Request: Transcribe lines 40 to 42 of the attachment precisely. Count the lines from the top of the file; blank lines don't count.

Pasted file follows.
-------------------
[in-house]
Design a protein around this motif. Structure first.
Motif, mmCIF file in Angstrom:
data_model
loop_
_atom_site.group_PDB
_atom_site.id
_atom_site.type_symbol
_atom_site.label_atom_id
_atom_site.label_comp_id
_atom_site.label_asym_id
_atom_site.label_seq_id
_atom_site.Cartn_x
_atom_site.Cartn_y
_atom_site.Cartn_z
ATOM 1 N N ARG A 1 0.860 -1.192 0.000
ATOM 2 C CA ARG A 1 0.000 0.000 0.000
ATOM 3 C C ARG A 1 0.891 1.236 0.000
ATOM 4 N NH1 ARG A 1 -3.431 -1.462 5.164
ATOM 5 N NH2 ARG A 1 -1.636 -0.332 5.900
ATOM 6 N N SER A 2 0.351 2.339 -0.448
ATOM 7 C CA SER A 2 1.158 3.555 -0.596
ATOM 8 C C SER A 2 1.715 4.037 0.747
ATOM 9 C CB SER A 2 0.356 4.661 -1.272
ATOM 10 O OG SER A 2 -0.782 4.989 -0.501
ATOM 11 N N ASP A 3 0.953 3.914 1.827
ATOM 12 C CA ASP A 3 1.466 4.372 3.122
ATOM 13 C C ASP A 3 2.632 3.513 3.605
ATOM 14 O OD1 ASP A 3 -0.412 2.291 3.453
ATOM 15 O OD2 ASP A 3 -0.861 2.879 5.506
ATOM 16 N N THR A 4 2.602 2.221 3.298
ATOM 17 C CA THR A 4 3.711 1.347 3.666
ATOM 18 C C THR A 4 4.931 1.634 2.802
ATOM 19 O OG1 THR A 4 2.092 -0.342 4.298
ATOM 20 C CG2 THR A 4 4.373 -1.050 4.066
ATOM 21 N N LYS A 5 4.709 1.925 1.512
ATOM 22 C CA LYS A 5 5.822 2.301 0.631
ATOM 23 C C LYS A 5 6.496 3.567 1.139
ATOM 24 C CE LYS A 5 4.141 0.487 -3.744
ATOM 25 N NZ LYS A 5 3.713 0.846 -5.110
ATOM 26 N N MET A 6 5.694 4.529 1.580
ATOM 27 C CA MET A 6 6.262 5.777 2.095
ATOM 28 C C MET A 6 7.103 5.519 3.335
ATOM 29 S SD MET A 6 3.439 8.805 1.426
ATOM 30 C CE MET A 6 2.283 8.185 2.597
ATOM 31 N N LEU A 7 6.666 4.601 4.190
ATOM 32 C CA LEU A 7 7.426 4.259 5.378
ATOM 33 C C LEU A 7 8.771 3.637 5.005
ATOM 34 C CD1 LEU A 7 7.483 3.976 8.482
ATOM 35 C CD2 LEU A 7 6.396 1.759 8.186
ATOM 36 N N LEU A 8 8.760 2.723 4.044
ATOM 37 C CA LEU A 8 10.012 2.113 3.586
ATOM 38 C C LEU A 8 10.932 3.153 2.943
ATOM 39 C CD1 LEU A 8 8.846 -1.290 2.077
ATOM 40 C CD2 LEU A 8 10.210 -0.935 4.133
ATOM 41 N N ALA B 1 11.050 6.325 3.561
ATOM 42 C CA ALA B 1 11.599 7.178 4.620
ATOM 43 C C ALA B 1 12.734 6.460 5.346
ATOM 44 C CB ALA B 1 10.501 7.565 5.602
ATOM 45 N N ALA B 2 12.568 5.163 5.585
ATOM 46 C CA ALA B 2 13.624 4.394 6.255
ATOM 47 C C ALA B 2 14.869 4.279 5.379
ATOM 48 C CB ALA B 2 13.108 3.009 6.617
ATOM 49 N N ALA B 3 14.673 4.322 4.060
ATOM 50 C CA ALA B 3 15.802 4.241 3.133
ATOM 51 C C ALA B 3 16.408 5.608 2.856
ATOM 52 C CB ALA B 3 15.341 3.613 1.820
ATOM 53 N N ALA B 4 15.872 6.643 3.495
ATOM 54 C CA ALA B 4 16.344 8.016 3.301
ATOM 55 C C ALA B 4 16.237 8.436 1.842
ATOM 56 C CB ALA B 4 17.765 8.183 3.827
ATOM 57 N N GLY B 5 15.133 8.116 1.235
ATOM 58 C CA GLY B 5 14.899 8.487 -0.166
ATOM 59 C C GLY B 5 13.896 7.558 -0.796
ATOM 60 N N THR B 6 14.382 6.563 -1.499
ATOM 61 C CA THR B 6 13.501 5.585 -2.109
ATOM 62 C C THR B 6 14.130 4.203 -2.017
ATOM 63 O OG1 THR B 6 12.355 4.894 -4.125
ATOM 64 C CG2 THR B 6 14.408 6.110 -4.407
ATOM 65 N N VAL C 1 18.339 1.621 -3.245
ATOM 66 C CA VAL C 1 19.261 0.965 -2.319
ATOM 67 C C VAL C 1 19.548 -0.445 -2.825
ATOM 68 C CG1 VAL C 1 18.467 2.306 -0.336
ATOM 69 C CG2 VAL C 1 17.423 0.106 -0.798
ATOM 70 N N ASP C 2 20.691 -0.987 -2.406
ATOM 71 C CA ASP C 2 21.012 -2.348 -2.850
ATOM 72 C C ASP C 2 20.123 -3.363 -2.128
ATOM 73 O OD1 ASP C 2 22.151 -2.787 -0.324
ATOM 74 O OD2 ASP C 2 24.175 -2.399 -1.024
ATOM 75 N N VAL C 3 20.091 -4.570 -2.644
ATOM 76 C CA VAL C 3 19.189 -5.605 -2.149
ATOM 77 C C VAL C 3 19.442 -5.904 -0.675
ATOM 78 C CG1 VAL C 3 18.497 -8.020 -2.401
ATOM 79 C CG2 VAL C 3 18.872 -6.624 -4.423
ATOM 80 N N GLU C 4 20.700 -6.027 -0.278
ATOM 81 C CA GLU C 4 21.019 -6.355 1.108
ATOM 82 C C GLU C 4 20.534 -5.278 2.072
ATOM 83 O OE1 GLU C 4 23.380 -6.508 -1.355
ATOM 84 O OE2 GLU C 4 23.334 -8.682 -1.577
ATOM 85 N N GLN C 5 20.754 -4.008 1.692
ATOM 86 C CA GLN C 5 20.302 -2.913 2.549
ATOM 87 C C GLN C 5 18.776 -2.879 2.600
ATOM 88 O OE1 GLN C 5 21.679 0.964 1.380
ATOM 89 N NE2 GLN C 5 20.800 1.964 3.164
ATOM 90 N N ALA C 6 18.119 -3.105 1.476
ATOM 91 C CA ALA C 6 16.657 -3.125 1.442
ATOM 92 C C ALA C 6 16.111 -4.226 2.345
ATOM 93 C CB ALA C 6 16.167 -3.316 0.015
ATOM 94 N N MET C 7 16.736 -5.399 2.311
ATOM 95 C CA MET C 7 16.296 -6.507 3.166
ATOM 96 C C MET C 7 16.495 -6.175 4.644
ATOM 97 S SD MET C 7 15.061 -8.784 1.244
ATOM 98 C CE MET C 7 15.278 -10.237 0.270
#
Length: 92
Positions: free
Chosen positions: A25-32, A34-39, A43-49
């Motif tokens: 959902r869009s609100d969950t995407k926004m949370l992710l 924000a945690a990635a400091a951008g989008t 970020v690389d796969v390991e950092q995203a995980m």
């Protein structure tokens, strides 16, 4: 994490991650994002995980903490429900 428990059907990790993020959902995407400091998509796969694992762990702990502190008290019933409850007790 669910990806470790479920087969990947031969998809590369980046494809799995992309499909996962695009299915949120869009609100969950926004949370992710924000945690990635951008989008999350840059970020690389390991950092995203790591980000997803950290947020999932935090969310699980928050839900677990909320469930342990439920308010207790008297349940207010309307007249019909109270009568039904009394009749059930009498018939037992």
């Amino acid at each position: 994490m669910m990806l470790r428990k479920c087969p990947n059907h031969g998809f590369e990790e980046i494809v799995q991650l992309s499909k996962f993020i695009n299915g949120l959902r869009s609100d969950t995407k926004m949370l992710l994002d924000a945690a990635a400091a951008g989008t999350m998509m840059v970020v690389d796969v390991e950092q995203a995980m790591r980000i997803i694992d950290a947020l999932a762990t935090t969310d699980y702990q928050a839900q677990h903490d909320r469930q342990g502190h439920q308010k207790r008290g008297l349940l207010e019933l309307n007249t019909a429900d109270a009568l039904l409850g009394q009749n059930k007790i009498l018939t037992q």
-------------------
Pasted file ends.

ATOM 25 N NZ LYS A 5 3.713 0.846 -5.110
ATOM 26 N N MET A 6 5.694 4.529 1.580
ATOM 27 C CA MET A 6 6.262 5.777 2.095